Actually, if Jess Franco had made any of the Friday the 13th movies, I think it's likely that many horror fans would have either walked out in the middle of such creations, or have fallen asleep, which is actually more likely.
 

Mike Boone

Supporting Actor
Joined
Oct 19, 2014
Messages
853
Location
Norton, Ohio
Real Name
Michael
Concerning the performers in the Friday the 13th movies TravisR said: "I'm sure I'm in a minority even amongst F13 fans and I probably should be very embarrassed to admit that I can definitely name the actors in the F13 movies (picking one from each of the first 8 movies: Walt Gorney, Stu Charno, Dana Kimmel, Barbara Howard, John Shepherd, Jennifer Cooke, Lar Park Lincoln, Peter Mark Richman)."


Personally, I don't think that a fan of any movie or series of movies should be embarrassed about having knowledge concerning them, as it really just indicates a valuable ability to retain information, regardless of whatever qualities those movies may or may not have. The actual reason I reprinted TravisR's quote is to highlight the names of the actors and actresses he listed from the Friday the 13th series. I'm wondering if TravisR, or any of our fellow HTF members who visit this thread, happen to be familiar with any of these performers. Since I don't watch any TV series, other than 60 Minutes, it is very possible that one or more of the folks from the Friday the 13th movies could either have roles in TV shows or have had some success getting roles in other movies, after some casting director might have seen Jason menacing them.


I'm honestly very curious to know if some, or any, of the Friday the 13th movies might have served as a springboard to help launch some young performers toward a more permanent career in acting. That would give such movies additional value, right there, for having allowed people to show qualities that others may have recognized as real potential.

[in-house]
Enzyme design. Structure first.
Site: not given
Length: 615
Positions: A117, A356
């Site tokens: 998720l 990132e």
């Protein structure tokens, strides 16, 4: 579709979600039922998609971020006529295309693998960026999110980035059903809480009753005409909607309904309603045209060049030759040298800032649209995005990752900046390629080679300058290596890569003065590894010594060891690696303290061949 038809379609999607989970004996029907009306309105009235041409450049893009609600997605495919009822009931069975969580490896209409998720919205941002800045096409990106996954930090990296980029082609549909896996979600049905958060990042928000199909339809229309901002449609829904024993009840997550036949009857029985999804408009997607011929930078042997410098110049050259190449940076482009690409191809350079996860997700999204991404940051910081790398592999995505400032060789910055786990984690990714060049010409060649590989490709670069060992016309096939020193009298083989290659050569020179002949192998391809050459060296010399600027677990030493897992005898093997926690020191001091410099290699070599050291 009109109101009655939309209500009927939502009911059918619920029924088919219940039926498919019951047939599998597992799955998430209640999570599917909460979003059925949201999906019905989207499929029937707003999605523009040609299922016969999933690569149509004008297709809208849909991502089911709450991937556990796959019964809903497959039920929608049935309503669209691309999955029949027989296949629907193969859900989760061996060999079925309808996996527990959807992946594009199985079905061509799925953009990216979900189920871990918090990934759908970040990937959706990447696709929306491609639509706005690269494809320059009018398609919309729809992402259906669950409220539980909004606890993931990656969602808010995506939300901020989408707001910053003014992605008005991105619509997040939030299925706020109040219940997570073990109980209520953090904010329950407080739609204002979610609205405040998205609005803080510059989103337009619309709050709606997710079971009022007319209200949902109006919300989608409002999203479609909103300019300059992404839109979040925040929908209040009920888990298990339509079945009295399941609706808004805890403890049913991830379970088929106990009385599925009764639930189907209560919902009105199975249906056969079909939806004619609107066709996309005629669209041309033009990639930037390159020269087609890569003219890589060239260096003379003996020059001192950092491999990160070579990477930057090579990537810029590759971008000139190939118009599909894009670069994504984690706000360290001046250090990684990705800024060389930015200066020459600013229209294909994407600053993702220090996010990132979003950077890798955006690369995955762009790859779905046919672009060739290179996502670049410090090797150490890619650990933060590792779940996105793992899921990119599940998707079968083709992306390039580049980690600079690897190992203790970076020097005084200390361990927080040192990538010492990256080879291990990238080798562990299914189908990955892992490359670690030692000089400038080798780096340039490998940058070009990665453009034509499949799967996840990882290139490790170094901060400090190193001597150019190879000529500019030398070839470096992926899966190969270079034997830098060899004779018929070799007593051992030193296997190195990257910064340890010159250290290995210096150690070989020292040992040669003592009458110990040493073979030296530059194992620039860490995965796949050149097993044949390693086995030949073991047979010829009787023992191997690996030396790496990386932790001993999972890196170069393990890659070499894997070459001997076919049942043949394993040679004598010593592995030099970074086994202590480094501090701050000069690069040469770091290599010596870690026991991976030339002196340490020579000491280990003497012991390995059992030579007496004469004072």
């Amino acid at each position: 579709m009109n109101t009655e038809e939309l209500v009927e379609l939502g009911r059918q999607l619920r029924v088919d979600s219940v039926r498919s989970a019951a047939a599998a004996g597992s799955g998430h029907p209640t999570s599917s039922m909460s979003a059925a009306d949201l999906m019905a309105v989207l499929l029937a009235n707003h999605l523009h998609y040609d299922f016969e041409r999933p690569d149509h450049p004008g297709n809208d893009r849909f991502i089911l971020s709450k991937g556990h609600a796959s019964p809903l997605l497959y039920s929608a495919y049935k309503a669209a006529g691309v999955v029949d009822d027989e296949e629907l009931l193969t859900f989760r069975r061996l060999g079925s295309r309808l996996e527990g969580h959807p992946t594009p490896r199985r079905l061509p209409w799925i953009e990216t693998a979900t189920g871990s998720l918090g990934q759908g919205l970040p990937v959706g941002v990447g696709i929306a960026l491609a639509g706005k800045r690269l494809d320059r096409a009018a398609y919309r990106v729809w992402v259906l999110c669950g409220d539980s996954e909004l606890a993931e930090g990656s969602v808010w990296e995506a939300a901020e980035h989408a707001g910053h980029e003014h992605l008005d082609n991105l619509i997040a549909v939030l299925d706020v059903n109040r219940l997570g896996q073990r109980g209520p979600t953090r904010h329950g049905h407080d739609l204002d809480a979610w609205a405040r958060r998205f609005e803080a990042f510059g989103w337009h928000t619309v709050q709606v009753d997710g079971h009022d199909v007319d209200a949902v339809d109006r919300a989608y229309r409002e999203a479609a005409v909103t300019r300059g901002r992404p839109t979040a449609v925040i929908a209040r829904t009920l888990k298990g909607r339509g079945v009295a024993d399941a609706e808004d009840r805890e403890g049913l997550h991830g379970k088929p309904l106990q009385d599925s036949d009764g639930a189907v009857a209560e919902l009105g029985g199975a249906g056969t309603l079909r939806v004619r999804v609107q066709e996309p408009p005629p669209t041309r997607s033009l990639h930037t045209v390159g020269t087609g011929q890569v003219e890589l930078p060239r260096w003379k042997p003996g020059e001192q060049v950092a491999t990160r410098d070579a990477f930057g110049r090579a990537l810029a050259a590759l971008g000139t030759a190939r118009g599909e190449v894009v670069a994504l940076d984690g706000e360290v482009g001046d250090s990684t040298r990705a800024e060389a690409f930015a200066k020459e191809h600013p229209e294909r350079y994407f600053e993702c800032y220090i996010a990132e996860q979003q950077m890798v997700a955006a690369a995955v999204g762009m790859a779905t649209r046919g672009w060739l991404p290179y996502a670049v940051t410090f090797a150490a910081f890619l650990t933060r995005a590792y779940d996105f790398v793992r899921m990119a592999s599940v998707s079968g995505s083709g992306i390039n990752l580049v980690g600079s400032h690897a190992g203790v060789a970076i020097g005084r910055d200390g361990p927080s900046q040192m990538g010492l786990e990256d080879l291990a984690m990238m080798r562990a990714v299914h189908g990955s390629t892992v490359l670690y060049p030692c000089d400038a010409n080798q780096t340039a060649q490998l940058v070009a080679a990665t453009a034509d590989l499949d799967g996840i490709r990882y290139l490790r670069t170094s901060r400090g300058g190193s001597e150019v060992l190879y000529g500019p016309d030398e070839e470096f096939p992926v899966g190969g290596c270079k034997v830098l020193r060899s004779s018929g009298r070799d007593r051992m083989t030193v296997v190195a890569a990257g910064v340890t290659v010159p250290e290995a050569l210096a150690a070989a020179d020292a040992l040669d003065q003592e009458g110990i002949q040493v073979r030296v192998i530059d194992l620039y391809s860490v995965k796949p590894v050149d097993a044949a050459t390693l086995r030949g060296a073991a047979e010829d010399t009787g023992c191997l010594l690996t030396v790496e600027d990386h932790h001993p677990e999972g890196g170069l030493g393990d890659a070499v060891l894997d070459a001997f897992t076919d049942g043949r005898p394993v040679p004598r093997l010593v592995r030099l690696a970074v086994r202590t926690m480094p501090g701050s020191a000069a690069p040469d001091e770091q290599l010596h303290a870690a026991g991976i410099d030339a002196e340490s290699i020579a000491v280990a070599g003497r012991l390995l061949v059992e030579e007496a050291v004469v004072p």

TravisR

Senior HTF Member
Joined
Nov 15, 2004
Messages
36,975
Location
The basement of the FBI building
Mike Boone said:
I'm honestly very curious to know if some, or any, of the Friday the 13th movies might have served as a springboard to help launch some young performers toward a more permanent career in acting. That would give such movies additional value, right there, for having allowed people to show qualities that others may have recognized as real potential.
A handful of people succeeded in spite of being in a F13 movie. :) I deliberately listed unknown actors earlier but if you're looking for notable names, I'd say that Kevin Bacon (Friday The 13th), Corey Feldman, Crispin Glover & Bruce Mahler (Friday The 13th: The Final Chapter), Tony Goldwyn (Friday The 13th: Part VI- Jason Lives) have all had some success after being in a F13 movie but none of that success came from being in a F13. Kane Hodder (who played Jason four times) managed to make a career as a low budget horror star using Jason as a springboard. A few older actors were on their way down- like Betsy Palmer and even my previous example Peter Mark Richman (who might not be well known but was a consistent TV guest star from the late 50's through the 80's)- when they did a F13.


And from the later movies, Freddy Vs. Jason has Jason Ritter (from Parenthood) and some solid younger Vancouver character actors like Brendan Fletcher and Katherine Isabelle (who have been in just about everything that shoots in B.C.). The remake has Ben Feldman (who played Ginsberg on Mad Men) in the opening prologue.
 

Mike Boone

Supporting Actor
Joined
Oct 19, 2014
Messages
853
Location
Norton, Ohio
Real Name
Michael
TravisR said: